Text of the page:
Search

Difference between a conference, retreat and workshop

Updated: Aug 2



I categorize all in-person experiences as live events. Although they're all under the same umbrella, they each serve a different purpose. Once you understand the difference between the three, deciding which event to plan becomes a whole lot easier.


As I stated earlier, all live events are not created equal. Workshops, retreats and conferences have different purposes, specific goals and a target audience as well. As a host, your goal is to plan a specific event for a specific attendee. This can mean different things. Let’s say you’re a fitness coach, for example. Hosting a retreat weekend filled with yoga and meditation activities, fun, new exercises and easy ways to plan weekly meals might be some activities you’d have at your live event to engage your attendees. Of course you’re not limited to your service offerings, but it sure does make it easier since it’s already in your wheelhouse.


The first live event is a conference. It’s defined as a formal meeting of people with a shared interest, typically over several days. People attend conferences for several reasons. Some include to be inspired, to network and to engage. Conferences tend to have several speakers and a larger number of attendees. Think 50 and over. Most times, there’s a keynote speaker, event speakers and breakout speakers who take over different sessions or workshops that pique the interest of a select number of attendees. Attendees usually stay seated until break or lunch/dinner time. It’s mostly one-sided in regards to the learning style. The speaker presents while attendees listen and take notes. Because of the number of speakers and larger crowd, attendees tend to leave with content overload. What is content overload? It’s exactly what it sounds like - being overloaded with content. This makes attendees overwhelmed and not sure what to implement first. To combat this, I’ve seen conference hosts offer a group program to break down their conference topics into smaller, more digestible pieces so that implementation becomes easier.

The second live event is a retreat. It’s defined as a quiet or secluded place in which one can rest, use for prayer or meditation. People attend a retreat to relax, rejuvenate, reflect on the past, recharge and refocus. Retreats tend to have no more than 40 or 50 people. They’re really a wonder, I gotta tell ya. It’s amazing to hear folks talk about them after they’ve attended one. I haven’t had the opportunity yet, but retreats should be exactly what they say they are. It’s a very special live event where you experience the best of both worlds – work and vacation. I have a friend who calls it a 'workcation'. Retreats have two sides and that’s deliberate. It’s the perfect blend between reflecting and recharging but getting some work completed as well. It’s not heavy work but it’s an opportunity to make strides in your business. Retreats are also held in retreat-like areas. The location is usually tucked away somewhere that’s calming and retreat-like. Think a historic Airbnb in the woods with a running stream nearby, a beach house on a beautiful coast or a cabin in the mountains with stellar views. This event is usually one to three speakers but I’ve seen retreats where it had more of a speaker lineup like a conference. Retreats live up to their name when they’re filled with activities such as yoga, meditation, exercise, nature walks and other calming activities.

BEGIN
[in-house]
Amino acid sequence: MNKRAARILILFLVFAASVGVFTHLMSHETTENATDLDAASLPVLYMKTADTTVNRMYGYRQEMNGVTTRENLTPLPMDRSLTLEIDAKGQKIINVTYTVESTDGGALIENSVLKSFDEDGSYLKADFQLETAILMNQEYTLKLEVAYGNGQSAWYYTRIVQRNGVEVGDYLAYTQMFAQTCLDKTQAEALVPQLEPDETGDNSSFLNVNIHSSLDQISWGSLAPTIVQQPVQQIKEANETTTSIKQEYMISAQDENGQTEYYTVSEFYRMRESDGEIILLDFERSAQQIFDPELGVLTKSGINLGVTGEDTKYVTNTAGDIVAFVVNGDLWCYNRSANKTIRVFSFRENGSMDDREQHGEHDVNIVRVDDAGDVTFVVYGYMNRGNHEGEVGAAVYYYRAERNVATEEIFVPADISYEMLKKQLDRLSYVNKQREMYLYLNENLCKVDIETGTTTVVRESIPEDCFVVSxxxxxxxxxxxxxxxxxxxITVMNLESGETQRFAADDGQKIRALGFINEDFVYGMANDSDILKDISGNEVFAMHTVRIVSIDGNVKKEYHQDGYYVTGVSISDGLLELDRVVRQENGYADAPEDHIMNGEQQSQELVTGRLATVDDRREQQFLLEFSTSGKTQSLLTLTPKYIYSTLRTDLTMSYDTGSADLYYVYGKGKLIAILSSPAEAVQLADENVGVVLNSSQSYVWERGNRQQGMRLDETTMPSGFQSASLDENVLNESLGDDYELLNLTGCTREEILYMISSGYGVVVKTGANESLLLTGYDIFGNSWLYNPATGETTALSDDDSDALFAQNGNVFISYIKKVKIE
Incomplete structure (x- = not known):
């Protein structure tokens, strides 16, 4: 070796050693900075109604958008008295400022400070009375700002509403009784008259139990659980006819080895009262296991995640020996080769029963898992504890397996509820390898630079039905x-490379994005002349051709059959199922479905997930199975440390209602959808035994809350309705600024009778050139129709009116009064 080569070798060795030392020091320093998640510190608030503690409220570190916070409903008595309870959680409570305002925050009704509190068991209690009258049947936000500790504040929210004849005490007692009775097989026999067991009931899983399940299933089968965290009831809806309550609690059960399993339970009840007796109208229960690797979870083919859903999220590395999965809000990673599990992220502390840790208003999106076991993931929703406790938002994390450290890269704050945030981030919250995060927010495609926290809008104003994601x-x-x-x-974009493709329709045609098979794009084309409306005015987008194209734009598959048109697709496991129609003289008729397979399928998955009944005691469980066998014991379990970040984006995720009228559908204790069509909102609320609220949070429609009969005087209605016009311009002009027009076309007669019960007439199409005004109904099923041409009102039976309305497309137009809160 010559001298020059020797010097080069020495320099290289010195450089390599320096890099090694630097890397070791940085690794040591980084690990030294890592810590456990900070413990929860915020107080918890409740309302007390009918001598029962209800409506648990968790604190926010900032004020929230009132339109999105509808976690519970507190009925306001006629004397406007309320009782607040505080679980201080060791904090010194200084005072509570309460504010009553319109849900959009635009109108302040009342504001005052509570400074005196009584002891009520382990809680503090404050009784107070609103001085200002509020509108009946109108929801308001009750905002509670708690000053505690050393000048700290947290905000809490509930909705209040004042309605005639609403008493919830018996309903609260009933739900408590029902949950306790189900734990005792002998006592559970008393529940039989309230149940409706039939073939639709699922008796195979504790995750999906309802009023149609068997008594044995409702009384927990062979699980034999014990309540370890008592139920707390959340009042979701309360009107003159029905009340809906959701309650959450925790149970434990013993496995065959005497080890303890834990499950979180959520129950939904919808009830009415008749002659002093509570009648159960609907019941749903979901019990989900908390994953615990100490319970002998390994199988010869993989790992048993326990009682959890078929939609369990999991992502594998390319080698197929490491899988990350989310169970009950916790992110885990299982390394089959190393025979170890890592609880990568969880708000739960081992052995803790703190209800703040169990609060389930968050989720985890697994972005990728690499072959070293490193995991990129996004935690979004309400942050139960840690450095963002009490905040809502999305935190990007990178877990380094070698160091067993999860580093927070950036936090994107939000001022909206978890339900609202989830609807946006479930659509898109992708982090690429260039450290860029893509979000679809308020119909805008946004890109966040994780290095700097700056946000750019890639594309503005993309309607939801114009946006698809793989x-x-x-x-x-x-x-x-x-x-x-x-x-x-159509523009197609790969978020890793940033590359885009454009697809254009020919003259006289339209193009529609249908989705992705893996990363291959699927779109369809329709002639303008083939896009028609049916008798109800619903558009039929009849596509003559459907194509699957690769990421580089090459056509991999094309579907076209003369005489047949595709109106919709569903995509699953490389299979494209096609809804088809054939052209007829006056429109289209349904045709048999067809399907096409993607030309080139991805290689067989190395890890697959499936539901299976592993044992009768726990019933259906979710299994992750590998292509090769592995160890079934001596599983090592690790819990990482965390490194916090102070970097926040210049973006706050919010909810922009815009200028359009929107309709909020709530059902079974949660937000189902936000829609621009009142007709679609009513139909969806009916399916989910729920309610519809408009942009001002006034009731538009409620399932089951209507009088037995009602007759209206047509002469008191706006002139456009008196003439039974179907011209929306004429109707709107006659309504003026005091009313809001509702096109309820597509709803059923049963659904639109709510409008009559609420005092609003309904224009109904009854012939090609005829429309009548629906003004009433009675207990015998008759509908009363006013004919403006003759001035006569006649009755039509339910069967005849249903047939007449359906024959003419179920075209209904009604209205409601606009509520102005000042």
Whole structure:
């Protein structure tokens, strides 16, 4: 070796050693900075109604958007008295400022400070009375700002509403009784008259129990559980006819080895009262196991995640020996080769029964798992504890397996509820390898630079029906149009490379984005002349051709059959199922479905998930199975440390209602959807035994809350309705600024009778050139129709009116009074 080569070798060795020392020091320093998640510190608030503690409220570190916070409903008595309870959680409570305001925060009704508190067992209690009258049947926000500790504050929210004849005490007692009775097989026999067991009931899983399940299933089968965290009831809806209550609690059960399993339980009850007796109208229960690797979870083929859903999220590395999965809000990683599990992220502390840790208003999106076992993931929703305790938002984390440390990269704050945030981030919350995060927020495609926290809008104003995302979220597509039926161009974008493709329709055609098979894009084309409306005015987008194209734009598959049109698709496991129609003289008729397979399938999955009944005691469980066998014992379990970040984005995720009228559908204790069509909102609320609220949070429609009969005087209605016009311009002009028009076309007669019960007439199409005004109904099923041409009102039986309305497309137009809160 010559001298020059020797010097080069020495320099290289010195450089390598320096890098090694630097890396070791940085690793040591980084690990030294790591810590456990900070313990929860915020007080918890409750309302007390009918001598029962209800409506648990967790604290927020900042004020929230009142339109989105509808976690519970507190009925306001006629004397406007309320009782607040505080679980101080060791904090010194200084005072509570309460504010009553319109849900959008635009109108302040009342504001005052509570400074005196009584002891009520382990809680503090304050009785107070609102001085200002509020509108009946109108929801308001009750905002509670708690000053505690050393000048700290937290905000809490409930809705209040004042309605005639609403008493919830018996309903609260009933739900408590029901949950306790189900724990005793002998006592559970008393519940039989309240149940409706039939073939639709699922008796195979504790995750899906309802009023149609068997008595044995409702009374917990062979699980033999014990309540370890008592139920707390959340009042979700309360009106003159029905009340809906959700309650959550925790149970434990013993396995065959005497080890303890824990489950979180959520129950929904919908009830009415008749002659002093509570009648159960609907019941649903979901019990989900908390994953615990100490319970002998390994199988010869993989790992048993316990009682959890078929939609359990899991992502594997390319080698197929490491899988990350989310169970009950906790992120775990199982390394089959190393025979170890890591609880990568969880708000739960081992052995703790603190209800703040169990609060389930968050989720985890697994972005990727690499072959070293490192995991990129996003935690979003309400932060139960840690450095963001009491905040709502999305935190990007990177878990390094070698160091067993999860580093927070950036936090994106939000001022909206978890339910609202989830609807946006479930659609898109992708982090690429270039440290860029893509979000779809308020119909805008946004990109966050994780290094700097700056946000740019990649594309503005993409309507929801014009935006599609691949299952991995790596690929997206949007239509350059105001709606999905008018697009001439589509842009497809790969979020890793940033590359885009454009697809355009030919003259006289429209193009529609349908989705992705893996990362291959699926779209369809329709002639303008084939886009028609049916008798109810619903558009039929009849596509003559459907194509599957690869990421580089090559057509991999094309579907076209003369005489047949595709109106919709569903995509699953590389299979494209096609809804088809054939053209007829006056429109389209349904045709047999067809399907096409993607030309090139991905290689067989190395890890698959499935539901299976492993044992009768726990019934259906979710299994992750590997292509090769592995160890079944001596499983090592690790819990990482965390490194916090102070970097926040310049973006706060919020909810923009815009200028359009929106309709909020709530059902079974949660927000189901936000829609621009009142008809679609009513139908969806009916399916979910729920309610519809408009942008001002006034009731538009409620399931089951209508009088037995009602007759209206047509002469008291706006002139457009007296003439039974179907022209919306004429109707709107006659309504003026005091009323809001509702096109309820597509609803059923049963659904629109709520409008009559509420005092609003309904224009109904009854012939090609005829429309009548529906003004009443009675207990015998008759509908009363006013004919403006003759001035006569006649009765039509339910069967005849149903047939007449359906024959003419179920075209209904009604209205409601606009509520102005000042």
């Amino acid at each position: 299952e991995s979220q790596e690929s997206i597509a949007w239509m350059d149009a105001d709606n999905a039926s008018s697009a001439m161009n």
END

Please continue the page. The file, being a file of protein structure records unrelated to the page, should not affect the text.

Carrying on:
The third live event is a workshop. It’s defined as when a group of people engage in an intensive talk or activity on a particular subject. People attend a workshop to learn, implement, plan and get hands-on training. Personally, workshops are my favourite. You’re basically spending money in exchange for alone time in your business. It’s you, your business and the work that needs to be done. You budgeted time away from family, friends, clients, customers and other responsibilities to get some work done on your business. This is the main focus of a workshop. They come in different varieties, as well. There are workshops that target product-based entrepreneurs who want to take their craft to another level and there are workshops that target service-based entrepreneurs who want to work on and up-level their business. As you’re planning your workshop, depending on your content and wheelhouse, you’ll know which group you’re targeting.

72 views

Recent Posts

See All

Ten reasons to plan a small event

In my head my first event would be a conference too, but, when I think about the logistics and the moving parts and the amount of people I'd have to cater for, an intimate event sounds so much better.

Say no to planning an all-inclusive event

Okay all-inclusive events. This is the fork in the road for most first-time organizers - should I or should I not? But before even getting into the details of which hotel or Airbnb, you must first a

Three ways to pay your educators

What is a live event without an educator? Even if the educator is you, the organizer, that still counts. If you're planning a workshop of about a dozen attendees, and you believe adding another educ

  • YouTube
  • Instagram
  • Pinterest

hello@eventsunlocked.co | Events Unlocked Copyright 2017 - 2020